The duck boat that sank in a Missouri lake last week, killing 17 people, was set to be raised on Monday and taken to a secure facility as part of a federal investigation into one of deadliest U.S. tourist accidents for years.
The U.S. Coast Guard said on Sunday it will oversee the salvage operations for the amphibious vessel that was carrying 31 people when it went down on Thursday in a fierce and sudden storm on Table Rock Lake outside of the tourist destination of Branson.
Seven of the 14 survivors were taken to a local hospital, and all but one had been discharged as of Sunday. That person is in good condition, a spokeswoman for the Cox Medical Center Branson hospital said.
Two of the World War Two-style amphibious duck boat vehicles were out on the lake and headed back to shore when the storm struck, but only one made it. The dead were aged one to 70 and came from six U.S. states.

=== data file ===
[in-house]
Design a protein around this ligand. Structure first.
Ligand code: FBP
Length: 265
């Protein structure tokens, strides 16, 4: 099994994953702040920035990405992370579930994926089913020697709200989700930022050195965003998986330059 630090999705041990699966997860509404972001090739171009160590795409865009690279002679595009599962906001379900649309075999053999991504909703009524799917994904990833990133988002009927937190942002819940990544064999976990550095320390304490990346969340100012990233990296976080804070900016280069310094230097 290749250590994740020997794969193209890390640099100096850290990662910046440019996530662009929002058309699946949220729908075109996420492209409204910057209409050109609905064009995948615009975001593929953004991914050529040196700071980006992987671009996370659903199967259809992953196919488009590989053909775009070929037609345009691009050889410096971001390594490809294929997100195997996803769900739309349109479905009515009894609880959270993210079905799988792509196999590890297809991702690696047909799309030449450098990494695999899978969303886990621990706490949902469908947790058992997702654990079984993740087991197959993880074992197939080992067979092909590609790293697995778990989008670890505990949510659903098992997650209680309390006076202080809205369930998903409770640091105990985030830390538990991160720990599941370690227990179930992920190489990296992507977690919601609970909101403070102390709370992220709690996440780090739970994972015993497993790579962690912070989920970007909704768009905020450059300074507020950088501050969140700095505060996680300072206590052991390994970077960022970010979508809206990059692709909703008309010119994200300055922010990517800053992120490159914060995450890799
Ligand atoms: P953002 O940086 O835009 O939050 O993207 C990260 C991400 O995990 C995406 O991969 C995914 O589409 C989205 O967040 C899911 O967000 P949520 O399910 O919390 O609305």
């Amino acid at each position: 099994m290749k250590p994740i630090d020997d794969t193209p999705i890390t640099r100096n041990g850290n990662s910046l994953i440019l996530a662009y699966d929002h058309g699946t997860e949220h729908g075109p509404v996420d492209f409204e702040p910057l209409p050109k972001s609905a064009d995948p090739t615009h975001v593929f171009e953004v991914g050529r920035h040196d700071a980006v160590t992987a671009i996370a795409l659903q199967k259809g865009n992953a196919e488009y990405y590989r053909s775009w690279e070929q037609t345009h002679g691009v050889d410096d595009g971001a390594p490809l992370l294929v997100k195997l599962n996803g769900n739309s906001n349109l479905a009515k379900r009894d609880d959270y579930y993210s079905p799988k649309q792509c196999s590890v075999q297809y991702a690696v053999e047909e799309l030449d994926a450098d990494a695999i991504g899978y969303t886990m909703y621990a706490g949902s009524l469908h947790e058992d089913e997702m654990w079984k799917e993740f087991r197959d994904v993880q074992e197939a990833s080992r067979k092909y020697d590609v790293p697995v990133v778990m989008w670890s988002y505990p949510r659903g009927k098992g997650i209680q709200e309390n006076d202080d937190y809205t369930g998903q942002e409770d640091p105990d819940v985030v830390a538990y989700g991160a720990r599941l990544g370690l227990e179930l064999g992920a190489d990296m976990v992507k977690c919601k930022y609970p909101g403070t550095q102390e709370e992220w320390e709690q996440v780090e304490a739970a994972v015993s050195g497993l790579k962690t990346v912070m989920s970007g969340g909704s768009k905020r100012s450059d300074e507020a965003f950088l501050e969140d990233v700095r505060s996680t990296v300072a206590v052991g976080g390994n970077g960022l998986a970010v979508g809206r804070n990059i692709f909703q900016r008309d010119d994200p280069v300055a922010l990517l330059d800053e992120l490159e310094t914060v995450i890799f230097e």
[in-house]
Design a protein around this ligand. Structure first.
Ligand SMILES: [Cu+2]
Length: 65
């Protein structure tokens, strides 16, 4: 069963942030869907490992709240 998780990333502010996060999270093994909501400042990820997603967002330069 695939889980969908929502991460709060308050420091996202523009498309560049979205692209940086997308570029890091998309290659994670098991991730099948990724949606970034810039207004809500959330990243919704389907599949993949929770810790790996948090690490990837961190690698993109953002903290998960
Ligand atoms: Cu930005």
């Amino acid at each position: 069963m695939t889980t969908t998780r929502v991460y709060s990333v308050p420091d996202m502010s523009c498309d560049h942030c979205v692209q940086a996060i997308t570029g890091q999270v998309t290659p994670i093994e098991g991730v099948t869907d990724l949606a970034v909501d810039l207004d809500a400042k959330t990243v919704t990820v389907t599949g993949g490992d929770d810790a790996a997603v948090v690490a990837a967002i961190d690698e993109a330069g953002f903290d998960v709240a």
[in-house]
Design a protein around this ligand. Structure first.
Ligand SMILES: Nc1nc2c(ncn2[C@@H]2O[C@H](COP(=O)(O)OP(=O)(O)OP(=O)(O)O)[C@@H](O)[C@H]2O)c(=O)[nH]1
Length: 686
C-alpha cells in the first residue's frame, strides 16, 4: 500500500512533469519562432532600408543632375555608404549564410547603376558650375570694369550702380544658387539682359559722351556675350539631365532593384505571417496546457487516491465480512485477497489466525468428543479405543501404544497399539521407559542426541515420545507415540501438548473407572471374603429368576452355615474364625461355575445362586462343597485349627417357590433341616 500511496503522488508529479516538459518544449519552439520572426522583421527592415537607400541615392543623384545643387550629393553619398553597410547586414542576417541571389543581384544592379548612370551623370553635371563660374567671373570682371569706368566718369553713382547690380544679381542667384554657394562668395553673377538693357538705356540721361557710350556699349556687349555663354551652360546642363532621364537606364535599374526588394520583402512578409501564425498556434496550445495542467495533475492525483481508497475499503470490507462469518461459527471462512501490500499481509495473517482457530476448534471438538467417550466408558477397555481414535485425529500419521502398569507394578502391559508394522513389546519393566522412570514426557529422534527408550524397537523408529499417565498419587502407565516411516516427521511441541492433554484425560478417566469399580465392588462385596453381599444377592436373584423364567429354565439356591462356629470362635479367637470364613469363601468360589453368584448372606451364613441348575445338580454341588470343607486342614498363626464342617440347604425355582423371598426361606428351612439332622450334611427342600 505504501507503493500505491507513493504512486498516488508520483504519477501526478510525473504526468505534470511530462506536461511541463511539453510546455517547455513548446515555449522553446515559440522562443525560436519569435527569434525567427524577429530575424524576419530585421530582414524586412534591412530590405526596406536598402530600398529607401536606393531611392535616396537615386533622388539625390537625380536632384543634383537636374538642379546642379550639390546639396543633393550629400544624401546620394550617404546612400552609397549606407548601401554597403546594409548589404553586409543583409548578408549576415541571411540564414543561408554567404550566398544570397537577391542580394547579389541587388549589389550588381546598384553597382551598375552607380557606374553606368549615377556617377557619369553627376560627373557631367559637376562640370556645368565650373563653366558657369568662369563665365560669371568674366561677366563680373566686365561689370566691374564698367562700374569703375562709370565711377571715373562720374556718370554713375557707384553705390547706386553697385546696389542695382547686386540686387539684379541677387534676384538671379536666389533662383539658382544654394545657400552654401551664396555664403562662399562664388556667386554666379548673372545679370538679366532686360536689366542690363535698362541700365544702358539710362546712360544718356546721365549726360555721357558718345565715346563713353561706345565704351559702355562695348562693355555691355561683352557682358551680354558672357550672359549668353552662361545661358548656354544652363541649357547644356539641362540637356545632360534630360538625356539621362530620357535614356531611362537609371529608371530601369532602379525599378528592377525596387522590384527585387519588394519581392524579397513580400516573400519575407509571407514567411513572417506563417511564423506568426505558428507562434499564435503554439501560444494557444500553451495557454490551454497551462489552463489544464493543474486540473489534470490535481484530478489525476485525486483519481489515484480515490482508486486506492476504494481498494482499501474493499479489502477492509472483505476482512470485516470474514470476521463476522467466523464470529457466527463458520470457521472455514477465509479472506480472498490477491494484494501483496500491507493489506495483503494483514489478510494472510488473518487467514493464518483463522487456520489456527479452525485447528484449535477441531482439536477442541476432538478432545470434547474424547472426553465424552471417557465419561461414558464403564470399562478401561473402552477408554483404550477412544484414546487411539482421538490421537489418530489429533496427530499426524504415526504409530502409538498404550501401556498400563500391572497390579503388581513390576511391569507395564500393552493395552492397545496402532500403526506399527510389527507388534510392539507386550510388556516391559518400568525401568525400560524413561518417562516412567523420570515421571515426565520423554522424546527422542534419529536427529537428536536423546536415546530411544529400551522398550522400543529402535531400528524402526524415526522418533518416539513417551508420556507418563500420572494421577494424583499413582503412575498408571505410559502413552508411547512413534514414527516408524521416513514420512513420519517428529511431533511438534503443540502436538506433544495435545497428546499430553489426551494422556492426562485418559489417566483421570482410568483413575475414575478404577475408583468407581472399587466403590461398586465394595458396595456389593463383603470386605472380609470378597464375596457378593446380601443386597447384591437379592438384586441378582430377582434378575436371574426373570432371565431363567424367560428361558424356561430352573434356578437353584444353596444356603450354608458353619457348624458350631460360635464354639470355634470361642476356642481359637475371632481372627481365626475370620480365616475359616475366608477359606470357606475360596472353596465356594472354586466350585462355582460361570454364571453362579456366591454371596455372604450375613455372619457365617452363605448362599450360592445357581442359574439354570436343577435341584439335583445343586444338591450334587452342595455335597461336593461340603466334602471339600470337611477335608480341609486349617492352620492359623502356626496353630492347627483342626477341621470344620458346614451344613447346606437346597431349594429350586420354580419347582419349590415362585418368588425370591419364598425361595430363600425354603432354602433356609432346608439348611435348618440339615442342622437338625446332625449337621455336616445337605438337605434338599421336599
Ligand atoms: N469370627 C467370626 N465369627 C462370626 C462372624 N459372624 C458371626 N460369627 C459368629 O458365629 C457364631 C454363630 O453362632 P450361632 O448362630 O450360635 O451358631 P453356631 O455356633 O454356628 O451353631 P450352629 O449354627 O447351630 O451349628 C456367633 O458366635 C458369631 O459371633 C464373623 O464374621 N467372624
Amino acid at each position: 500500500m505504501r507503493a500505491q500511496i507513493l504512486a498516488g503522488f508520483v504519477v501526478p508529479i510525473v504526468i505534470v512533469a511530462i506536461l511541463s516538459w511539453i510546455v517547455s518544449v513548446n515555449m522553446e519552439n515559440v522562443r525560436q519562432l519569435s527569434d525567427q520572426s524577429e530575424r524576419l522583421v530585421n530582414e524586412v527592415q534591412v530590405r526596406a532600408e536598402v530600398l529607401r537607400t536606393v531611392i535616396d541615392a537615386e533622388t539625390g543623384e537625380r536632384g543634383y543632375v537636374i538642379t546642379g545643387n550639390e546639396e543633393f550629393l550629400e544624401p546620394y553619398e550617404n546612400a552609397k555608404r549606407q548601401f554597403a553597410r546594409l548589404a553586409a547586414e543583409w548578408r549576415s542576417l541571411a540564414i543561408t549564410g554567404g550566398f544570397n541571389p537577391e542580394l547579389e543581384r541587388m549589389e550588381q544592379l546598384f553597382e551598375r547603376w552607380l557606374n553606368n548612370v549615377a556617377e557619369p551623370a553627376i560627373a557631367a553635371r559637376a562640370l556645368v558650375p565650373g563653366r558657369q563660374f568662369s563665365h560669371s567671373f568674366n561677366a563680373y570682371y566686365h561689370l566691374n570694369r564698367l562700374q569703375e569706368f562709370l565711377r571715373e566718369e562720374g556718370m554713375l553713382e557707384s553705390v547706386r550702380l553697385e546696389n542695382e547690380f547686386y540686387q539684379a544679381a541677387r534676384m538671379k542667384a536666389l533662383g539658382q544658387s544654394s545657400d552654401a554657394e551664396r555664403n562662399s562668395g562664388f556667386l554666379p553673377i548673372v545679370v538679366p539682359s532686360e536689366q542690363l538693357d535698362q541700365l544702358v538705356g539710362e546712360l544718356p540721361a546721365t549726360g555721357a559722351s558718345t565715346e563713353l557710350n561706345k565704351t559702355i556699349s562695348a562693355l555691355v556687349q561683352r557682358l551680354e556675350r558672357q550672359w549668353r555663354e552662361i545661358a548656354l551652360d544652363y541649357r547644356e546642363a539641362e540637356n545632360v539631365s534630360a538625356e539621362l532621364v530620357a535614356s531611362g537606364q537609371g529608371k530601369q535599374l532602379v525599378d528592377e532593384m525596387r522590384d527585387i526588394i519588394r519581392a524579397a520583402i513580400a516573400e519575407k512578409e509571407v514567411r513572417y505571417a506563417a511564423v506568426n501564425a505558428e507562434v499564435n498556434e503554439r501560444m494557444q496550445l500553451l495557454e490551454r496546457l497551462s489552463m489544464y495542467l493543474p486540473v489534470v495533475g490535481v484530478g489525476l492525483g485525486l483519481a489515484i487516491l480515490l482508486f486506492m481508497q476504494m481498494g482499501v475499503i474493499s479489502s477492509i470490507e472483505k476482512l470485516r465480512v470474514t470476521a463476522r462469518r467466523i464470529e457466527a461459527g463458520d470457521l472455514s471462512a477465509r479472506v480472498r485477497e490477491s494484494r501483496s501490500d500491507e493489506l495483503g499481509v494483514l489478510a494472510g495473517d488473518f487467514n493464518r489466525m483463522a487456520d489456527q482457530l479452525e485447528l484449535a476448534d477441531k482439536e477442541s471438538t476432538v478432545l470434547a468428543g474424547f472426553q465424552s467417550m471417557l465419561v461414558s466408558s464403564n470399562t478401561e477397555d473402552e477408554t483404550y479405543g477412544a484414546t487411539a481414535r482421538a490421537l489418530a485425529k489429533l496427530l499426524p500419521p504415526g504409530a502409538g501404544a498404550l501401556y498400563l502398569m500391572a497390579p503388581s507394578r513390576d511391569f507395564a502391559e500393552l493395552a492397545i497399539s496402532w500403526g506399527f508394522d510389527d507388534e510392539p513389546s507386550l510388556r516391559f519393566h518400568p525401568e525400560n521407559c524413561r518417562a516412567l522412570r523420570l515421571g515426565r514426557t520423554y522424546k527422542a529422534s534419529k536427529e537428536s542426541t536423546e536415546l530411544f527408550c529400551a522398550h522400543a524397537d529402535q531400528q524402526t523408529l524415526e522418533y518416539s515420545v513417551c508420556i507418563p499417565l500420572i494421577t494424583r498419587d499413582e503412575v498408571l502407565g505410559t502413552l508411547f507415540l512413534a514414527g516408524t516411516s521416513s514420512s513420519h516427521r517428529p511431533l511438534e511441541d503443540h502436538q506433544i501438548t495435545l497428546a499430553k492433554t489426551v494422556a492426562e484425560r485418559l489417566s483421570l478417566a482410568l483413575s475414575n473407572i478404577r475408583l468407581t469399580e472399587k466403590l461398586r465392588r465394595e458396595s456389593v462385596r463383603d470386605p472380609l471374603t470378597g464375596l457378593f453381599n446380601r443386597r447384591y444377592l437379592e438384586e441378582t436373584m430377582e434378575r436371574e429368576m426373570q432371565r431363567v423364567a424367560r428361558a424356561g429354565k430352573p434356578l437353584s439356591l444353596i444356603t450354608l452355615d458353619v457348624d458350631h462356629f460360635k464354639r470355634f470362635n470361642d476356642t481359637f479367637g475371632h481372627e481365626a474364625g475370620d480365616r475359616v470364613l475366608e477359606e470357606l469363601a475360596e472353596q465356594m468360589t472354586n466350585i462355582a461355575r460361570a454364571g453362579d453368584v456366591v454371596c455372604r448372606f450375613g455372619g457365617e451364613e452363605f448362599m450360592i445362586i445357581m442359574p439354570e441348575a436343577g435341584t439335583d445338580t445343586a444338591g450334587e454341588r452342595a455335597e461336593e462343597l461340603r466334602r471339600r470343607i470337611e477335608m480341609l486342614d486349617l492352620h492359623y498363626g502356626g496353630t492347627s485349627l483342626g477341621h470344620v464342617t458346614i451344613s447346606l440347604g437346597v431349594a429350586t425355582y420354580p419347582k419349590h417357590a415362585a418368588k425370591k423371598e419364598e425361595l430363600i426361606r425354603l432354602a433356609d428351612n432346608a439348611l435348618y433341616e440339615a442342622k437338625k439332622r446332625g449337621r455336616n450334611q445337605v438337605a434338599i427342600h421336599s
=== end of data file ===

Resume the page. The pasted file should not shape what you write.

Readings near Branson when the boat went down showed winds of up to 73 miles per hour (117 kph), two miles (3.2 km) shy of hurricane force, the National Transportation Safety Board said on Saturday.
Tia Coleman, who lost nine family members including her husband and three children, told a news conference on Saturday from a Branson hospital that she does not know how she will recover from the loss.
“Going home is going to be completely difficult. I don’t know how I am going to do it. Since I have had a home, it has always been filled with little feet and laughter,” she said, choking back tears.
Coleman said the boat’s captain, who was among the survivors, pointed out the life jackets but told those aboard there was no need for them.
Missouri Attorney General Josh Hawley was in Branson over the weekend talking with investigators. He has said the state is contemplating whether to bring criminal charges.
Jim Pattison, president of Ripley Entertainment, which owns the Branson “Ride The Ducks” tour company, told CBS This Morning on Friday that the strength of the storm was unexpected and the duck boats should not have been on the lake.
More than three dozen people have died in incidents involving duck boats on land and water in the United States over the past two decades.
By Jon Herskovitz